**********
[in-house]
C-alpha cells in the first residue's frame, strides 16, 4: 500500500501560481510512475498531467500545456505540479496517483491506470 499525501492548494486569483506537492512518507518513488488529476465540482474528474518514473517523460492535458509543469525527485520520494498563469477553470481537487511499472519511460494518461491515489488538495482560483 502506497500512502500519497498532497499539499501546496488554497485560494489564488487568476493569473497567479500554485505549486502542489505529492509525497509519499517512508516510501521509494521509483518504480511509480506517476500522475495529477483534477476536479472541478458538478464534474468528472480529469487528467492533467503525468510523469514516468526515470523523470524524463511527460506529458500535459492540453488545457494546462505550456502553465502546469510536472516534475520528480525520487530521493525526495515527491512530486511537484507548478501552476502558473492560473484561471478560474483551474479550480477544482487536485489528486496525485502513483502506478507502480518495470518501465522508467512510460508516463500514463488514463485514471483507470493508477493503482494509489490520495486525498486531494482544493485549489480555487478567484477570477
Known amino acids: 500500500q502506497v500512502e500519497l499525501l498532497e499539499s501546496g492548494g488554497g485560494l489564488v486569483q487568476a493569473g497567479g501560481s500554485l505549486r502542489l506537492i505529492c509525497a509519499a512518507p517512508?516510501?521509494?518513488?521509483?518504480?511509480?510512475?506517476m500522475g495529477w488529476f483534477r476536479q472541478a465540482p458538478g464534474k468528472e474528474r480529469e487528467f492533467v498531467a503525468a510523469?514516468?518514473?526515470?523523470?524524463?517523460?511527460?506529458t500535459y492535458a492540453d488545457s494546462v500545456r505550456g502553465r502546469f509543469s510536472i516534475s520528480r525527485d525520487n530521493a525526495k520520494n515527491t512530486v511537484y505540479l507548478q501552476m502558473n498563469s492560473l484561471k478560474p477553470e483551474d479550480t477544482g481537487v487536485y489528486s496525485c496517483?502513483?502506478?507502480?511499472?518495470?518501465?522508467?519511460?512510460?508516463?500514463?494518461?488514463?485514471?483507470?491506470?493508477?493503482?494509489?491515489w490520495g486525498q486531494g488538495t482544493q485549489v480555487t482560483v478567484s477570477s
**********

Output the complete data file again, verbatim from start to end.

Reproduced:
[in-house]
C-alpha cells in the first residue's frame, strides 16, 4: 500500500501560481510512475498531467500545456505540479496517483491506470 499525501492548494486569483506537492512518507518513488488529476465540482474528474518514473517523460492535458509543469525527485520520494498563469477553470481537487511499472519511460494518461491515489488538495482560483 502506497500512502500519497498532497499539499501546496488554497485560494489564488487568476493569473497567479500554485505549486502542489505529492509525497509519499517512508516510501521509494521509483518504480511509480506517476500522475495529477483534477476536479472541478458538478464534474468528472480529469487528467492533467503525468510523469514516468526515470523523470524524463511527460506529458500535459492540453488545457494546462505550456502553465502546469510536472516534475520528480525520487530521493525526495515527491512530486511537484507548478501552476502558473492560473484561471478560474483551474479550480477544482487536485489528486496525485502513483502506478507502480518495470518501465522508467512510460508516463500514463488514463485514471483507470493508477493503482494509489490520495486525498486531494482544493485549489480555487478567484477570477
Known amino acids: 500500500q502506497v500512502e500519497l499525501l498532497e499539499s501546496g492548494g488554497g485560494l489564488v486569483q487568476a493569473g497567479g501560481s500554485l505549486r502542489l506537492i505529492c509525497a509519499a512518507p517512508?516510501?521509494?518513488?521509483?518504480?511509480?510512475?506517476m500522475g495529477w488529476f483534477r476536479q472541478a465540482p458538478g464534474k468528472e474528474r480529469e487528467f492533467v498531467a503525468a510523469?514516468?518514473?526515470?523523470?524524463?517523460?511527460?506529458t500535459y492535458a492540453d488545457s494546462v500545456r505550456g502553465r502546469f509543469s510536472i516534475s520528480r525527485d525520487n530521493a525526495k520520494n515527491t512530486v511537484y505540479l507548478q501552476m502558473n498563469s492560473l484561471k478560474p477553470e483551474d479550480t477544482g481537487v487536485y489528486s496525485c496517483?502513483?502506478?507502480?511499472?518495470?518501465?522508467?519511460?512510460?508516463?500514463?494518461?488514463?485514471?483507470?491506470?493508477?493503482?494509489?491515489w490520495g486525498q486531494g488538495t482544493q485549489v480555487t482560483v478567484s477570477s